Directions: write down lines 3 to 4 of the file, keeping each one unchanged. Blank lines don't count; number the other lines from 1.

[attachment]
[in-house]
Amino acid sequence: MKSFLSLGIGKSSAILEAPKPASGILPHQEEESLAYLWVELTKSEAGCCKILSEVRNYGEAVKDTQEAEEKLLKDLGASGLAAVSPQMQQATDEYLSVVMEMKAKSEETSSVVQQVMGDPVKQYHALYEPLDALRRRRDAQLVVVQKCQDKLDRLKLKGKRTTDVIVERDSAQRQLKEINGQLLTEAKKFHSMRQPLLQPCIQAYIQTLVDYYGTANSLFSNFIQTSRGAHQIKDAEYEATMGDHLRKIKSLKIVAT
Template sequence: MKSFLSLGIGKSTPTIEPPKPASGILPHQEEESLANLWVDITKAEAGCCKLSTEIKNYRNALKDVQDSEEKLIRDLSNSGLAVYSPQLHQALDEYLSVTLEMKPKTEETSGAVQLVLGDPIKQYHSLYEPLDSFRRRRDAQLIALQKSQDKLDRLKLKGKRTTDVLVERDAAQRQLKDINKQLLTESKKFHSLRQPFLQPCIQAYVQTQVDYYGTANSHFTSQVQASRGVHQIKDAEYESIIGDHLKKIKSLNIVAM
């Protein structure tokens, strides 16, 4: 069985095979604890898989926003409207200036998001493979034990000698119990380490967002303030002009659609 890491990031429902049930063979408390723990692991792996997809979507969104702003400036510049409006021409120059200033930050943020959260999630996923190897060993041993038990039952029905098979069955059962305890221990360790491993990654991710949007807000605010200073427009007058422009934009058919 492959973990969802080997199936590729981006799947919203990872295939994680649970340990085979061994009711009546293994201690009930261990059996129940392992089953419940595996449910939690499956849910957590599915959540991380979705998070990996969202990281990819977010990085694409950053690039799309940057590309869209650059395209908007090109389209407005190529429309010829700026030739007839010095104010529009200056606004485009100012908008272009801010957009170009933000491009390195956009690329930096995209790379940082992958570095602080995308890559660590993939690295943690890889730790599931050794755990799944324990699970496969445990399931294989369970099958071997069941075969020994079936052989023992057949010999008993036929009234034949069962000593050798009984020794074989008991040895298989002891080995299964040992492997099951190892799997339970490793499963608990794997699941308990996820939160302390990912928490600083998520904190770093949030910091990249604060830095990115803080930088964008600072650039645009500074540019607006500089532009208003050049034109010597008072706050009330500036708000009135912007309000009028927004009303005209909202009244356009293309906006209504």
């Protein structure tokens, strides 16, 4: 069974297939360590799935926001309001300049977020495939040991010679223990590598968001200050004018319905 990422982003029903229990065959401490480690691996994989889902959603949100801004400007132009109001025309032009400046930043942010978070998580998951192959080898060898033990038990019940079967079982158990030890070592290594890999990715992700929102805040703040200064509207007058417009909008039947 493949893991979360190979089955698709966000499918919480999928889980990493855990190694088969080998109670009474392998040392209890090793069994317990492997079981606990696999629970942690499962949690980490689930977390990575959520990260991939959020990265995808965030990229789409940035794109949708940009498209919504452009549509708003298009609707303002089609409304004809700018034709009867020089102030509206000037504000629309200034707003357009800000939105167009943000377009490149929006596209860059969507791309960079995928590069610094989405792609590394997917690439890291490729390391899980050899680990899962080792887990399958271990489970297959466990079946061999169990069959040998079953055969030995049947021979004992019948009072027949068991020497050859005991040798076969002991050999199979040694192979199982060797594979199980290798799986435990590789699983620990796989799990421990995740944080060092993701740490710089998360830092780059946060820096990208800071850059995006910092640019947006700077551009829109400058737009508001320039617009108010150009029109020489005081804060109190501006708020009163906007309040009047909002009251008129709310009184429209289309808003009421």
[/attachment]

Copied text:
Template sequence: MKSFLSLGIGKSTPTIEPPKPASGILPHQEEESLANLWVDITKAEAGCCKLSTEIKNYRNALKDVQDSEEKLIRDLSNSGLAVYSPQLHQALDEYLSVTLEMKPKTEETSGAVQLVLGDPIKQYHSLYEPLDSFRRRRDAQLIALQKSQDKLDRLKLKGKRTTDVLVERDAAQRQLKDINKQLLTESKKFHSLRQPFLQPCIQAYVQTQVDYYGTANSHFTSQVQASRGVHQIKDAEYESIIGDHLKKIKSLNIVAM
């Protein structure tokens, strides 16, 4: 069985095979604890898989926003409207200036998001493979034990000698119990380490967002303030002009659609 890491990031429902049930063979408390723990692991792996997809979507969104702003400036510049409006021409120059200033930050943020959260999630996923190897060993041993038990039952029905098979069955059962305890221990360790491993990654991710949007807000605010200073427009007058422009934009058919 492959973990969802080997199936590729981006799947919203990872295939994680649970340990085979061994009711009546293994201690009930261990059996129940392992089953419940595996449910939690499956849910957590599915959540991380979705998070990996969202990281990819977010990085694409950053690039799309940057590309869209650059395209908007090109389209407005190529429309010829700026030739007839010095104010529009200056606004485009100012908008272009801010957009170009933000491009390195956009690329930096995209790379940082992958570095602080995308890559660590993939690295943690890889730790599931050794755990799944324990699970496969445990399931294989369970099958071997069941075969020994079936052989023992057949010999008993036929009234034949069962000593050798009984020794074989008991040895298989002891080995299964040992492997099951190892799997339970490793499963608990794997699941308990996820939160302390990912928490600083998520904190770093949030910091990249604060830095990115803080930088964008600072650039645009500074540019607006500089532009208003050049034109010597008072706050009330500036708000009135912007309000009028927004009303005209909202009244356009293309906006209504």